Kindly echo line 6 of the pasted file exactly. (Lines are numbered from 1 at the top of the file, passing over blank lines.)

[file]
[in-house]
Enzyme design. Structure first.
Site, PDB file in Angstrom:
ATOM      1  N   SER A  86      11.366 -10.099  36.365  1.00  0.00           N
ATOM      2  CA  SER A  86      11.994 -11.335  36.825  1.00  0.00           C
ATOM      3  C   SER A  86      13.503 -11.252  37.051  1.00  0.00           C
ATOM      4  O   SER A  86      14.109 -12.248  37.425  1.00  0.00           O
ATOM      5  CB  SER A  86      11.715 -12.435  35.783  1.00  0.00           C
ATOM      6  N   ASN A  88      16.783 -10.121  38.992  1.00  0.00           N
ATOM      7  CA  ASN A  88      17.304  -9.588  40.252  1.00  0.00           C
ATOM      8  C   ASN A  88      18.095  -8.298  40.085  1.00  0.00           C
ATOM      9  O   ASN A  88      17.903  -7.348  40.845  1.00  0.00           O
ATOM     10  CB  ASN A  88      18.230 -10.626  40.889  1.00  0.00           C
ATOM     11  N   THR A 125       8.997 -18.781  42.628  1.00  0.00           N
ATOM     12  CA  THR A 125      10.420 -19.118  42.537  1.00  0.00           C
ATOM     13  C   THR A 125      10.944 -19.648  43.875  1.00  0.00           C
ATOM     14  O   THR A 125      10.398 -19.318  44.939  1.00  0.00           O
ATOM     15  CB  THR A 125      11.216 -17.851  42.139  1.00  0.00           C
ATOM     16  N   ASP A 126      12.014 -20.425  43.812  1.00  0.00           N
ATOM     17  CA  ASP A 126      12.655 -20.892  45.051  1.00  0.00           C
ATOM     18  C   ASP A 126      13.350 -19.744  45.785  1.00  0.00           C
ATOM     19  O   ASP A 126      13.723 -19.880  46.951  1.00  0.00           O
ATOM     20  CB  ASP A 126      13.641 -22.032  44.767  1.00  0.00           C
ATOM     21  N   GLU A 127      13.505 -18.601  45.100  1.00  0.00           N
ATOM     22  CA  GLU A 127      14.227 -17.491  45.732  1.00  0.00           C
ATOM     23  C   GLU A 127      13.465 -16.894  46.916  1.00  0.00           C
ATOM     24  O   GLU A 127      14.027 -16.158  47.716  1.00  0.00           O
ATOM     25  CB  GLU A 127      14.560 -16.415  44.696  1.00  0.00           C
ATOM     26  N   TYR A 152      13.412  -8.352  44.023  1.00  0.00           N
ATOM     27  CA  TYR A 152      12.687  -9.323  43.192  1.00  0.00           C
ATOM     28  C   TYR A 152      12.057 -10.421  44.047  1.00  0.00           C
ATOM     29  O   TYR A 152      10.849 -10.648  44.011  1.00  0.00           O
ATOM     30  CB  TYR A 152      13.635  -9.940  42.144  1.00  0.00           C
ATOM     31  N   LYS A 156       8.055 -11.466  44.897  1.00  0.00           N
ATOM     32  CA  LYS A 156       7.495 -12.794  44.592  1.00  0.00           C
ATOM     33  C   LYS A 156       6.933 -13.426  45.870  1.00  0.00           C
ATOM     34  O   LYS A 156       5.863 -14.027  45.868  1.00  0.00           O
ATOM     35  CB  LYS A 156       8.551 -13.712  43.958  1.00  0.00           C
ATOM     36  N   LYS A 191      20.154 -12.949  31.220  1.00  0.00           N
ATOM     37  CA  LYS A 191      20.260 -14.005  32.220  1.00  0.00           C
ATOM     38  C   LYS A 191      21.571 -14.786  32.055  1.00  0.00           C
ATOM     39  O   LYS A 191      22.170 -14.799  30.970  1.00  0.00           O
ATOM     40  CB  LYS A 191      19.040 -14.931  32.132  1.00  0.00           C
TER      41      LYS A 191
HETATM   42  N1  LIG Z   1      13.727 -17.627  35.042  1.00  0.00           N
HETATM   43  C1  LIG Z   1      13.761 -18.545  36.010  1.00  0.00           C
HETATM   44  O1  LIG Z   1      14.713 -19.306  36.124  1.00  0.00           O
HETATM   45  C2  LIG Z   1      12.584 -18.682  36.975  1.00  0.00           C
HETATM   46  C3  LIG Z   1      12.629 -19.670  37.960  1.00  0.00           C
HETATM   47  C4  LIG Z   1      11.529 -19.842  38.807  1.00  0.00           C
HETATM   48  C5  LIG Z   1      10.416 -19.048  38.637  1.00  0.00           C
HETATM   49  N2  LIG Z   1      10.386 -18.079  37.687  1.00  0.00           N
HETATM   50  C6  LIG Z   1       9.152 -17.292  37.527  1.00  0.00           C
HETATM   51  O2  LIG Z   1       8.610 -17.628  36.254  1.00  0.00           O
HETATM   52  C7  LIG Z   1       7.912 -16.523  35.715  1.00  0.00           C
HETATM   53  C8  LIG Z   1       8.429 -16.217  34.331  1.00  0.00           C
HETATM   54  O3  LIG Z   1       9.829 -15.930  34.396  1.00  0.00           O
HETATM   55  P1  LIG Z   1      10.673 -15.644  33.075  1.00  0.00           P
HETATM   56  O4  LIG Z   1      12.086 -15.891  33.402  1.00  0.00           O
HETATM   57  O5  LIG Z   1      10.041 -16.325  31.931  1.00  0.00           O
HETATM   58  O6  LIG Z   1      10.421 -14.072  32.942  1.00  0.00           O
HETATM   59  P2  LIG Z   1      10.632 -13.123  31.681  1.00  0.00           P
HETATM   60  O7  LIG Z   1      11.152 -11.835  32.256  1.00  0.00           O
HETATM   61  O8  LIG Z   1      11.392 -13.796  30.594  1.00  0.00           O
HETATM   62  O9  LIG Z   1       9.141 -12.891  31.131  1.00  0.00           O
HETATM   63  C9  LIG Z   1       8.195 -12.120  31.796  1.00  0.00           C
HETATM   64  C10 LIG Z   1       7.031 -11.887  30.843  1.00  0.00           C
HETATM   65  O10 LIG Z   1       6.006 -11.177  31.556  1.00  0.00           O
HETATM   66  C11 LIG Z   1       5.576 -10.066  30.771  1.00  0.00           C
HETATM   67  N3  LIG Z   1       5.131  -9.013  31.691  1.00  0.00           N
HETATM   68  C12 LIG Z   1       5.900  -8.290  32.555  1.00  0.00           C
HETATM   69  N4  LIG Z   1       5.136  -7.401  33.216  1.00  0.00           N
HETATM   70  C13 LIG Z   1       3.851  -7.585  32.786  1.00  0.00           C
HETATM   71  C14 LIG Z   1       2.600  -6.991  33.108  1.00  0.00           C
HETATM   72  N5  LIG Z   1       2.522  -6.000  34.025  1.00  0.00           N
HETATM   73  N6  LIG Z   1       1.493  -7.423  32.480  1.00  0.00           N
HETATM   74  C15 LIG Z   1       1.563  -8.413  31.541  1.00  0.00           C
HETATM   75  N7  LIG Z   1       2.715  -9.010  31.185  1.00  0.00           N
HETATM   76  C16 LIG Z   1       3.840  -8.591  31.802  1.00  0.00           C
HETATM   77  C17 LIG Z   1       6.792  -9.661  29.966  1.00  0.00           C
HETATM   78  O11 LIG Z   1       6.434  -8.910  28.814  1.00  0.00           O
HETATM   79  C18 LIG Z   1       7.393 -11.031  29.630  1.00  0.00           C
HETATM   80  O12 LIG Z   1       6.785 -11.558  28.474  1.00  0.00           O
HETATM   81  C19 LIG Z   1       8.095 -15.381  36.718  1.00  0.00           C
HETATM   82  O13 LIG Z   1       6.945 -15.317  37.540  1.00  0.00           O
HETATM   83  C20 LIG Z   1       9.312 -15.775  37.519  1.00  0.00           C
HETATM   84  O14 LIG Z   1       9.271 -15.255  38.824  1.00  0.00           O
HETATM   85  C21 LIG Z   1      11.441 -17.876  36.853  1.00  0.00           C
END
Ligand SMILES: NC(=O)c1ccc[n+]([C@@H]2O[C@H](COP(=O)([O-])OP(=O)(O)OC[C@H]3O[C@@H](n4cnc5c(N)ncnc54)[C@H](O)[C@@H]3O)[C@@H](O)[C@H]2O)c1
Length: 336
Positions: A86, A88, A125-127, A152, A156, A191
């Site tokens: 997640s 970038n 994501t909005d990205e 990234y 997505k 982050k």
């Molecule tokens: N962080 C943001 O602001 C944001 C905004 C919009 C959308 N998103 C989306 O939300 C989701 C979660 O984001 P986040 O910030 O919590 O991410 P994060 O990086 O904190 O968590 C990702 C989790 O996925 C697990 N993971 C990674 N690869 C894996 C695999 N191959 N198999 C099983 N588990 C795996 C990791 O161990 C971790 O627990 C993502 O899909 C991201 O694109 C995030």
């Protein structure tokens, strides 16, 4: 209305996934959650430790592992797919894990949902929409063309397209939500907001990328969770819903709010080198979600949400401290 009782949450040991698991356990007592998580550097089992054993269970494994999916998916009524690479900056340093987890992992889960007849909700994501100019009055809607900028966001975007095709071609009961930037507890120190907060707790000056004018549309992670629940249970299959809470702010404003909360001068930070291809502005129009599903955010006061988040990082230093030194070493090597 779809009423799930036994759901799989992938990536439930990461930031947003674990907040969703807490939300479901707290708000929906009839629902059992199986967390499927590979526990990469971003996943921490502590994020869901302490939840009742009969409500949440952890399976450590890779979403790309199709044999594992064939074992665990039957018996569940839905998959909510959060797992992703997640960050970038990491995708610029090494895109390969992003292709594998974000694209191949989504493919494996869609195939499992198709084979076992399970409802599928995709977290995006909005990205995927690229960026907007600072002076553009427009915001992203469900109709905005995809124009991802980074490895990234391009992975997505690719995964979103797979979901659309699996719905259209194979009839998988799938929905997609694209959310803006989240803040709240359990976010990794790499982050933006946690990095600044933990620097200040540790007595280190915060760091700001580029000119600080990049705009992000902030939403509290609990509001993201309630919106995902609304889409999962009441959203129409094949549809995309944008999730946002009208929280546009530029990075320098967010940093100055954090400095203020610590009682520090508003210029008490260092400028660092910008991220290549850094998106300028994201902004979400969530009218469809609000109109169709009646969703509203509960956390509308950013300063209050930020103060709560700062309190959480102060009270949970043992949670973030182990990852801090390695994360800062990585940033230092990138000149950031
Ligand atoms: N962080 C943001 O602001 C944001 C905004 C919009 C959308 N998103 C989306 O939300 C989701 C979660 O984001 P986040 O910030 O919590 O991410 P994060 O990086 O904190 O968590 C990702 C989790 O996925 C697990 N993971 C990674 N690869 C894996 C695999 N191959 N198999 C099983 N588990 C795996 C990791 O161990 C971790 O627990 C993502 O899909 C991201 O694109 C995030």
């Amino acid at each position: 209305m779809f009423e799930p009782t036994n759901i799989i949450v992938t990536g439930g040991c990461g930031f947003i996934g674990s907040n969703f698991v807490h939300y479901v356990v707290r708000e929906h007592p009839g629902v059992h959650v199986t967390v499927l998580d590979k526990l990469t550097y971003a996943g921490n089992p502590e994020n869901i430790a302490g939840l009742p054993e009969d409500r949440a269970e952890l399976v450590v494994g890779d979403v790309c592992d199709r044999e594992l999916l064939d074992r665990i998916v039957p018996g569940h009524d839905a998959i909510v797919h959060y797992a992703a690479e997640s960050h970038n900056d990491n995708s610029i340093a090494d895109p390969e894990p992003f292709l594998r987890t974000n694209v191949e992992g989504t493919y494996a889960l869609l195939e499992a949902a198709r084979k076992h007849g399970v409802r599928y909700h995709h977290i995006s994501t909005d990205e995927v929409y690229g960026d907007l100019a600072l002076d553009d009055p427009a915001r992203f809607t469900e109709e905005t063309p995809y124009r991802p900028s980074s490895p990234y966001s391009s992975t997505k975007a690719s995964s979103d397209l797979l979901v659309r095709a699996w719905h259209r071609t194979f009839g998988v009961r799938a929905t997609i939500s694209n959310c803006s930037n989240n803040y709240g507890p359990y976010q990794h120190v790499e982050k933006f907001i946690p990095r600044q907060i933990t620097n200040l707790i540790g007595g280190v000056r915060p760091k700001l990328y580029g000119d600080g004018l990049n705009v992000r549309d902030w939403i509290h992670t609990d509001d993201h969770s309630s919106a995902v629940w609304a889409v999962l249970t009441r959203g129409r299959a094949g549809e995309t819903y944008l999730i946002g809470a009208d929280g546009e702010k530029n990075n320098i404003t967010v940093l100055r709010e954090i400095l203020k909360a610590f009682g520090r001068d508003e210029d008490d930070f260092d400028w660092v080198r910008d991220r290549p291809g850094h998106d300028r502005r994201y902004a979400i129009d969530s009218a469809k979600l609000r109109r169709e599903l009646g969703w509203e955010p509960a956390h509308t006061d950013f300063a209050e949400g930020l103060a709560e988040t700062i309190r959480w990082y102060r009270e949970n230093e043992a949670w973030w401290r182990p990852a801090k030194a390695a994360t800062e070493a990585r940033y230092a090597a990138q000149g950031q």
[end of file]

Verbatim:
ATOM      3  C   SER A  86      13.503 -11.252  37.051  1.00  0.00           C